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Clearwater moves forward with innovative Wi-Fi program

Mark Parker



Imagine Clearwater rendering. Frontier Communications will install a public Wi-Fi and communications platform downtown that will connect to the project. Image: Stantec.

Downtown Clearwater will soon receive expanded access to free public internet service through a program that will also serve as a communications platform and tie into the Imagine Clearwater project.

Speaking during Monday’s work session, Dan Mayer, director of information technology (IT), asked Mayor Frank Hibbard and city council members to authorize a purchase order to Frontier Communications to install and operate wireless internet services downtown. The amount is not to exceed $425,435.04, and funding is available through the IT department’s operating budget.

Frontier will install Wi-Fi along the Cleveland Street corridor – and, Mayer explained, the service would connect with the company’s internet and communication infrastructure at Clearwater’s long-awaited Imagine Park and Amphitheater. According to background documents, using one provider will create seamless coverage for activities throughout the downtown district.

“This will provide us the opportunity to give people access to information,” said Mayer. “And also includes a communication platform that allows us to see who is logged on to the network.”

Mayer added that the system would also allow city officials to share information specifically relating to the Imagine project with users.

The $83 million, 22-acre Imagine Clearwater development will transform Coachman Park and feature a new amphitheater. As of a July update, the project was 44% complete, despite some unforeseen infrastructure issues.

Installation of underground utilities was complete as of that update, and documents state that using a different internet and communications provider would cause the city to incur additional construction costs.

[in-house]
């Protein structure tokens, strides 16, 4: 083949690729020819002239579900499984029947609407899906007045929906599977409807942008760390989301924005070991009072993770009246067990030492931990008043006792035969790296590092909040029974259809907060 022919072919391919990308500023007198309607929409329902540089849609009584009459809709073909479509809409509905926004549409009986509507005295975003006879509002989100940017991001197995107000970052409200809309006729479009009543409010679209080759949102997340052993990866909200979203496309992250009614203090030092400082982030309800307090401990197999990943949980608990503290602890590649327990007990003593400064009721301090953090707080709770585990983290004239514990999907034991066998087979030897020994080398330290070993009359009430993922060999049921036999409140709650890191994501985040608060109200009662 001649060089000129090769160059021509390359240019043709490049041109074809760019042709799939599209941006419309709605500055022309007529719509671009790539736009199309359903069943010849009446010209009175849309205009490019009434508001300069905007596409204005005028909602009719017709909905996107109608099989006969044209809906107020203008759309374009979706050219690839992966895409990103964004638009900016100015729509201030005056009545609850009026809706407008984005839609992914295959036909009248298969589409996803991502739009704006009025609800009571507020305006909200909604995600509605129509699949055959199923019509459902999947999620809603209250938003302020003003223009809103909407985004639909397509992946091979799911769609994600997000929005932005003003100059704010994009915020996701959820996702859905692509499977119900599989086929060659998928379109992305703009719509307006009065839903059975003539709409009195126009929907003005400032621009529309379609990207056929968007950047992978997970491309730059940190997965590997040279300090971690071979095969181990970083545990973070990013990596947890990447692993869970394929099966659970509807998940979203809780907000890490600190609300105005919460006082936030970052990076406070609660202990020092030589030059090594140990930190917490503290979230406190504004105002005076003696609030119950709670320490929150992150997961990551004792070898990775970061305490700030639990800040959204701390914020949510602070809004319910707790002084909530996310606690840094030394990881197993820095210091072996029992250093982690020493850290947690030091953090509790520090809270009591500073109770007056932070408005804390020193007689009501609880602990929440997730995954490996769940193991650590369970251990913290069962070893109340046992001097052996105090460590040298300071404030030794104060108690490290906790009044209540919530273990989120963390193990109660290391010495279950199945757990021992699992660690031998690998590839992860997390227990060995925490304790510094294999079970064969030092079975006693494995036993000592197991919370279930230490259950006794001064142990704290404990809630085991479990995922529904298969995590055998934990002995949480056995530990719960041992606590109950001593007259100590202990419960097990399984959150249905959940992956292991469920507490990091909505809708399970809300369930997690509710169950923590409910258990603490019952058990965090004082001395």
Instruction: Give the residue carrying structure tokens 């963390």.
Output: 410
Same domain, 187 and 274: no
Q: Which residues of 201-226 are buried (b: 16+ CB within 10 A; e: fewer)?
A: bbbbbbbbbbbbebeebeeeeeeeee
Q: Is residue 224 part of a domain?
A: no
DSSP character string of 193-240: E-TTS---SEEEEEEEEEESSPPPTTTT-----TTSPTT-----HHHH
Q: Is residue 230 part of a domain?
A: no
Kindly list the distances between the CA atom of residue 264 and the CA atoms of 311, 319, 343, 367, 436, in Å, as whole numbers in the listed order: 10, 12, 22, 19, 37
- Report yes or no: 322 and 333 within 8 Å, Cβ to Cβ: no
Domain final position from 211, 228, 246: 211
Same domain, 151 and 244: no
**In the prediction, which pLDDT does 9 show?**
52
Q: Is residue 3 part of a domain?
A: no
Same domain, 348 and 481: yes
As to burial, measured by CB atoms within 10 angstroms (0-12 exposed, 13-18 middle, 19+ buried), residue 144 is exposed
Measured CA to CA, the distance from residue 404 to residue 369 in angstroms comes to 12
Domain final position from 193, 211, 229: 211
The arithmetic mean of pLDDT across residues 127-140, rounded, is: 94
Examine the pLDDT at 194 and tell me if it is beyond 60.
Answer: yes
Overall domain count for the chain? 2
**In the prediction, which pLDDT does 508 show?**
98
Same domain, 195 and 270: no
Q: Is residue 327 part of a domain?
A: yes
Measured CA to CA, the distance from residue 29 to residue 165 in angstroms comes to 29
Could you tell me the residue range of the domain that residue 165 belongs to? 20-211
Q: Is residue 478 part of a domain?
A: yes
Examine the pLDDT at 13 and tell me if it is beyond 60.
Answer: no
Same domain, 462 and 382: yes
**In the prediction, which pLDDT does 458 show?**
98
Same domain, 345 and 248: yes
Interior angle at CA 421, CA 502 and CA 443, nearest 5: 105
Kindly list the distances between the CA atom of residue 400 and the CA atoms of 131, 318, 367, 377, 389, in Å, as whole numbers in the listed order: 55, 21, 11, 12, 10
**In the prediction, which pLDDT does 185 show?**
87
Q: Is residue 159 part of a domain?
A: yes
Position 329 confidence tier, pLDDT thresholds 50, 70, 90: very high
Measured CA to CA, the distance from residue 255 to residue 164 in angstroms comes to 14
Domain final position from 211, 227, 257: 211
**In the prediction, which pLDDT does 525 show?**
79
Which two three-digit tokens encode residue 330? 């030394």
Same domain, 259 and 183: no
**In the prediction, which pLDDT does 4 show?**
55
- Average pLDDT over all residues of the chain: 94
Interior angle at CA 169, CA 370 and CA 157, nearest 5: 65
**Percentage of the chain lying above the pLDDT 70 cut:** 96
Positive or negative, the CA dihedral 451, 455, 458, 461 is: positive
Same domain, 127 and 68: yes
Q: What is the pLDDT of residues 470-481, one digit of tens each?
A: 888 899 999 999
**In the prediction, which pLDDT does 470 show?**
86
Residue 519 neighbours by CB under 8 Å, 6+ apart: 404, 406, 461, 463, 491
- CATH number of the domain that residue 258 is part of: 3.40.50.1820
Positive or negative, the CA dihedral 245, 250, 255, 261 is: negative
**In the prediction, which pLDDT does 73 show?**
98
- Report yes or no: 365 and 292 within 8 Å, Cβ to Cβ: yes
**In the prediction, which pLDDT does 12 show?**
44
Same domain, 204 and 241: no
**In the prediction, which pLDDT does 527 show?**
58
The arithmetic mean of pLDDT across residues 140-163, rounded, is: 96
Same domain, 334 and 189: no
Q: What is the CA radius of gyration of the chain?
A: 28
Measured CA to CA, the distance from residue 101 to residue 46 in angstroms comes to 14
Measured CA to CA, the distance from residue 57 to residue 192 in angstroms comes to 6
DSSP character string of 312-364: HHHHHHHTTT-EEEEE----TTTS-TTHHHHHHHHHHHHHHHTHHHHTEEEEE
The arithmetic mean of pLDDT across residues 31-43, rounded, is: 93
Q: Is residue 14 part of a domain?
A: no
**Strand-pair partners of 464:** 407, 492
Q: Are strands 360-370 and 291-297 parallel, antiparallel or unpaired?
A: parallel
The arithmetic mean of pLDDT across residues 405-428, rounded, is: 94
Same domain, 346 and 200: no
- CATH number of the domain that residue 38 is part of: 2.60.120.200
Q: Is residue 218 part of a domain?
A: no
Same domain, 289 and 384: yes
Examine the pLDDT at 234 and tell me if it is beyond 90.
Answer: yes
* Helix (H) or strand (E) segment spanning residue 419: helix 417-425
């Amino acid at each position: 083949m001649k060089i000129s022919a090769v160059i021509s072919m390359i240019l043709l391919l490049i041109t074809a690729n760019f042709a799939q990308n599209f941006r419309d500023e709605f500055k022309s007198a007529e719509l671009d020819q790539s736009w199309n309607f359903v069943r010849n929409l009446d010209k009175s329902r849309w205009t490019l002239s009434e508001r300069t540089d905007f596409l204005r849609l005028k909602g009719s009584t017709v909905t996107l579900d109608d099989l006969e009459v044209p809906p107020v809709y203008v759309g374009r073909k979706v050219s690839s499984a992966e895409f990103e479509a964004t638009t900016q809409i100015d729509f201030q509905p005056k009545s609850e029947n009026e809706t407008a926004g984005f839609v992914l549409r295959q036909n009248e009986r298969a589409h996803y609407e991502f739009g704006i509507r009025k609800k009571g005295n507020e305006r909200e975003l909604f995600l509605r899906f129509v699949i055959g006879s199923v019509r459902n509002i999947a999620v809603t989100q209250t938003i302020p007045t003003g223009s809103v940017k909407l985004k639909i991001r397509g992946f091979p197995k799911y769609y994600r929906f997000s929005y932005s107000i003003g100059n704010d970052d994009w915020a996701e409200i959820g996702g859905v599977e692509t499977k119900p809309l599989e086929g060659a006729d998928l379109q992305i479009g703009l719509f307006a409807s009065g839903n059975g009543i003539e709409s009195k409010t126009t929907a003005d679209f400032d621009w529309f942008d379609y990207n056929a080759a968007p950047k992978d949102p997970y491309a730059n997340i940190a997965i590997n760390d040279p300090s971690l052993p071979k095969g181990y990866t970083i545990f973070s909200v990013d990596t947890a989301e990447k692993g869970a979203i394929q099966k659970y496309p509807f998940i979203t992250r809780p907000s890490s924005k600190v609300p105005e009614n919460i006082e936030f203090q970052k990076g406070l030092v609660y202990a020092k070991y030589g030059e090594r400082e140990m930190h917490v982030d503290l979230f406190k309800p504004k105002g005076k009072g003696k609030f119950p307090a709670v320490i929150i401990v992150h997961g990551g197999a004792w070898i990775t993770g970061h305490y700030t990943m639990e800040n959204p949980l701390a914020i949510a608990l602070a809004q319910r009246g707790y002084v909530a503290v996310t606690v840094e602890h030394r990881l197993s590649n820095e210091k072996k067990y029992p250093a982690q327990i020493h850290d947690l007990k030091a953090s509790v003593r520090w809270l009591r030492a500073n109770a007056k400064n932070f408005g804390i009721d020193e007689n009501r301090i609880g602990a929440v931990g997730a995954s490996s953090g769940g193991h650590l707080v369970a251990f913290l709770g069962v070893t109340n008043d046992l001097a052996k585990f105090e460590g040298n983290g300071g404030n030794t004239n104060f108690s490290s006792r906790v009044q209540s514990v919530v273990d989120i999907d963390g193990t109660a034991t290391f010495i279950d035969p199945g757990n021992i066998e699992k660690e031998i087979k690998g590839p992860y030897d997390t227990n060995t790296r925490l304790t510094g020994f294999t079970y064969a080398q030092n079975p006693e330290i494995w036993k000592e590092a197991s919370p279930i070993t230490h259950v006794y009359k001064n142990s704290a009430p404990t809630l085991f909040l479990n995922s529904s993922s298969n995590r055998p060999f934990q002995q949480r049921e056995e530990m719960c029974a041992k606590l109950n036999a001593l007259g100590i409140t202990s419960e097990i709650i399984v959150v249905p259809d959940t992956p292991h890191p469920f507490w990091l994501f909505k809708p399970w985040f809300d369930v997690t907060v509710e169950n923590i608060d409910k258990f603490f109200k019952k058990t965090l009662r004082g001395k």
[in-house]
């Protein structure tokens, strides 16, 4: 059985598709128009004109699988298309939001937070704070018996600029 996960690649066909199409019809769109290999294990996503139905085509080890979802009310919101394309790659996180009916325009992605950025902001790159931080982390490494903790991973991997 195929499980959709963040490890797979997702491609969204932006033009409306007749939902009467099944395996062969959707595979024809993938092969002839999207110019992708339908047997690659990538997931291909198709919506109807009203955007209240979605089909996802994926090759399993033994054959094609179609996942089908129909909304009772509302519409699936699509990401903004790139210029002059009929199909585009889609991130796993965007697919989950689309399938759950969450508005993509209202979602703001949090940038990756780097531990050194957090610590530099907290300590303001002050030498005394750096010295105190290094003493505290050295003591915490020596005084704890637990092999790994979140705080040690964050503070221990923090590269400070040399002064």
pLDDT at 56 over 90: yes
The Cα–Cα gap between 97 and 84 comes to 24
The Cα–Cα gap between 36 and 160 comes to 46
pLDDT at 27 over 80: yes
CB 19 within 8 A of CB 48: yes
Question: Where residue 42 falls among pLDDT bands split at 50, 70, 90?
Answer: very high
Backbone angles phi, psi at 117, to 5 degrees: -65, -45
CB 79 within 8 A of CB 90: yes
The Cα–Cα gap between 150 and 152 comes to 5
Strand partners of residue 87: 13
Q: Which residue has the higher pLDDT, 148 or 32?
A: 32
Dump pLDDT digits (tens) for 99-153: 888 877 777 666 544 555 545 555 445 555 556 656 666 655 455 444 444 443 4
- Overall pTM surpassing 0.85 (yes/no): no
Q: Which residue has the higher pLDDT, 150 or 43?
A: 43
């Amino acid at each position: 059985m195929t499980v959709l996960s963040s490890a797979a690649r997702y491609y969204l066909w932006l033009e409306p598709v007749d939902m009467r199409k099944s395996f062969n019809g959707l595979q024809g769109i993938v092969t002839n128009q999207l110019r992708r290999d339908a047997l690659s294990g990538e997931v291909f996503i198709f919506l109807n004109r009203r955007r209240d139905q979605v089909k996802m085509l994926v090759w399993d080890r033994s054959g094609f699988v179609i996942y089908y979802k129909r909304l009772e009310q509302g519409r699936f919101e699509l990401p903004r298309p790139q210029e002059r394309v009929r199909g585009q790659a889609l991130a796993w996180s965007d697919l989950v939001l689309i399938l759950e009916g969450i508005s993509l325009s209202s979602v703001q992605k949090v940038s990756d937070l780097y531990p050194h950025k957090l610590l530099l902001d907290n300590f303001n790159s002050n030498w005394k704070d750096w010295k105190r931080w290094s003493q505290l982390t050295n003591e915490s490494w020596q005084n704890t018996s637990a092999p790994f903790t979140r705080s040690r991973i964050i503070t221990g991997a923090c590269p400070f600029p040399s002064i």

Frontier is the fourth internet provider to Clearwater’s wide-area network, according to background information. The city document explained that using two services in the same area would require users to disconnect and reconnect when traveling between Imagine Park and the surrounding downtown district.

“We thought it was a good decision to test it in this environment for a period of time prior to that build-out,” said Mayer. “And we know there are other technologies at work that may not be sustainable by itself for the long haul, but we thought it was a good add, and it certainly gives us some leverage in terms of communication and promotion in the area.”

Mayer explained that the city is not allowed to resell bandwidth, and the service is free for residents, visitors and businesses. He noted that the construction of the downtown corridor is complete, and Frontier will provide internet service via wireless access points on existing light poles in the area.

He said there might be a cheaper system available, but the city “would tear up a lot of sidewalks in the process.” Mayer added the wireless technology performed well during a test run.

City Manager Jon Jennings also believes the system presents a sponsorship opportunity, which he said is why officials are moving it forward ahead of Imagine’s opening next summer. Having one company sponsor the downtown wireless network could mitigate costs to the city, said Jennings, who said he hopes to expand the service to the East Gateway area.

He noted that new technologies are emerging, and the system could be an “interim step.”

“But it does give us an opportunity to provide, I think, a vital service for our residents and businesses downtown,” he said.

In addition to branding and sponsorships, Mayer explained the free service could create advertising opportunities. When someone accepts the usage terms, they authorize the city to send text messages within specified timeframes.

Mayer said the texts could encourage users to visit establishments and offer discounts. He added that city officials could also share vital information, like traffic closures. While “on the high end,” Mayer said he estimates potential revenue at $150,000 annually.

“So, there are things we think it brings from a value and communications standpoint,” he said. “We hope it does.”

City council members gave their consent for the purchase.



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    October 3, 2022at9:45 pm

    It doesn’t make any since to keep building things around Clearwater when y’all don’t have nothing for the youth kids to do sports programs are down invest and the youth 🤧

  2. Avatar


    October 5, 2022at12:40 am

    There needs to be Diversity instead of Scientology controlling the Demographic surrounding area’s. Dunedin is showing how a Downtown area is suppose to be Managed and controlled for the the Greater Youth and Society moving forward.

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